Deep learning engines support state machine customization. A node is abstracted into a runner interface to create custom algorithm programs based on different deep learning engines.


ML Operator

The ML operator provides the following two interfaces:

1) The addAMRole interface is used to add an application manager to a Flink job. As shown in the preceding figure, the application manager is a management node of the machine learning cluster.
2) The addRole interface is used to add a group of machine learning nodes.

Use these two interfaces of the ML operator to add the Flink operators: an application manager and three groups of nodes, which are called Role A, Role B, and Role C, respectively. The three node groups form a machine learning cluster. See the code in the preceding figure. Each Flink operator corresponds to a node of the machine learning job.

A machine learning node runs on a Flink operator and they need to exchange data with each other, as shown in the following figure.


The Flink operator is a Java process, and the machine learning node is a Python process. The two processes exchange data with each other through memory sharing.

TensorFlow on Flink

TensorFlow Distributed Execution


TensorFlow distributed training involves two roles: worker and PS. Workers implement computing for machine learning and PSs update parameter settings. The following sections describe how TensorFlow runs in a Flink cluster.

TensorFlow Batch Training Mode


In Batch mode, sample data can be stored in the Hadoop distributed file system (HDFS). The Flink job starts a source operator, and then the worker role of TensorFlow is started. As shown in the preceding figure, if the worker role has three nodes, its source parallelism is set to 3. Similarly, the PS role has two nodes, so its source parallelism is set to 2. The application manager does not exchange data with other roles, so it is an independent node with an invariable source parallelism of 1. The Flink job starts three worker nodes and two PS nodes, which communicate with each other through TensorFlow gRPC rather than Flink's communication mechanism.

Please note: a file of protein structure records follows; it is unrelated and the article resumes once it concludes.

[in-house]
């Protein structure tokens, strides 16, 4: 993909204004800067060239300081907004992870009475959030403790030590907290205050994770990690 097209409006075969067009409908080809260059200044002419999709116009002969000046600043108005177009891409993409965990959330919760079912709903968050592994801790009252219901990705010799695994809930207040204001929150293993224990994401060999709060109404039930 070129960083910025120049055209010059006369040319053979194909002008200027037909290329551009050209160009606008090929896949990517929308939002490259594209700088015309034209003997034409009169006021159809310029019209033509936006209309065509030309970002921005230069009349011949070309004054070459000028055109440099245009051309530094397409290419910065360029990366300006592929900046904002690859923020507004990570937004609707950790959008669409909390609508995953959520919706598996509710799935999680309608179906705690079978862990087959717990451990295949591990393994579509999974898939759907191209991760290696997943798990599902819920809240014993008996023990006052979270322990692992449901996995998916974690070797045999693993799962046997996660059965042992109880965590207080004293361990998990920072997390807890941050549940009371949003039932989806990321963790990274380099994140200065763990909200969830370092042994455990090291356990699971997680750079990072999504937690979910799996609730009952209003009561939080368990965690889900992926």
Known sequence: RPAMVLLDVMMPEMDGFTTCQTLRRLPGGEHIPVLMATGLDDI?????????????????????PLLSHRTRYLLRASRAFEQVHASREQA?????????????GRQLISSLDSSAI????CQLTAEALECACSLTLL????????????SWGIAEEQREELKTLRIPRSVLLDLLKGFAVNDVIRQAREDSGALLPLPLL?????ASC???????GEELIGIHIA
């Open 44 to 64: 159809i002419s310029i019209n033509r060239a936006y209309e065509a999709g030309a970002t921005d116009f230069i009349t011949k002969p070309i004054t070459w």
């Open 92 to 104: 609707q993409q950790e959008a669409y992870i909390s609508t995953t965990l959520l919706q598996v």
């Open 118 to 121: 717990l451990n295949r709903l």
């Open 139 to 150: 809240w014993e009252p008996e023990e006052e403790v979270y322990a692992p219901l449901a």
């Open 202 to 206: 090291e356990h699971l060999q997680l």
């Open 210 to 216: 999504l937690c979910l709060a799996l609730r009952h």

TensorFlow Stream Training Mode


As shown in the preceding figure, two source operators are connected to the join operator. Two pieces of data are merged into one and sample data is generated by a custom processing node. In Stream mode, the worker role is implemented by UDTF or flatMap.

When three TensorFlow worker nodes exist, the operator parallelism of flatMap and UDTF is set to 3. The PS role does not read data, so PSs are implemented by Flink source operators.

The following sections describe how to implement real-time prediction using a trained model.

Python-based Prediction

The following figure shows the process of model prediction using Python. Some scenarios, such as recommendation and search, may result in large models that are trained by TensorFlow in distributed mode. A model of this type cannot be stored on a single machine. Real-time prediction works in the same way as real-time training but includes the extra process of model loading.


During model prediction, all parameters are loaded to PSs through model reading. The upstream data is processed in the same way as data is processed during the model training process. Data is transmitted to worker nodes for processing. The prediction score is written to Flink operators and then sent to downstream operators.

Java-based Prediction


As shown in the preceding figure, when prediction takes place on a single machine, PS nodes are not started because a single worker node is large enough to store the model used for prediction, especially when a saved model is exported by TensorFlow. The saved model includes the complete computing logic, input, and output of prediction, so prediction can be performed without running Python code.

There is another way to implement model prediction. The source operators, join operator, and UDTF are used to process data in a format that is recognized during the model prediction process. Use the TensorFlow Java API in the Java process to directly load the trained model to the memory. In this case, the PS role is not required, and the worker role is assumed by the Java process rather than the Python process. Then, model prediction can be directly implemented in the Java process, and the prediction results can be sent to the downstream Flink operators.


This article explains how Flink-AI-Extended works and how to implement model training and prediction through TensorFlow on Flink. I hope this article helps you use Flink-AI-Extended effectively and implement model training and prediction through a Flink job.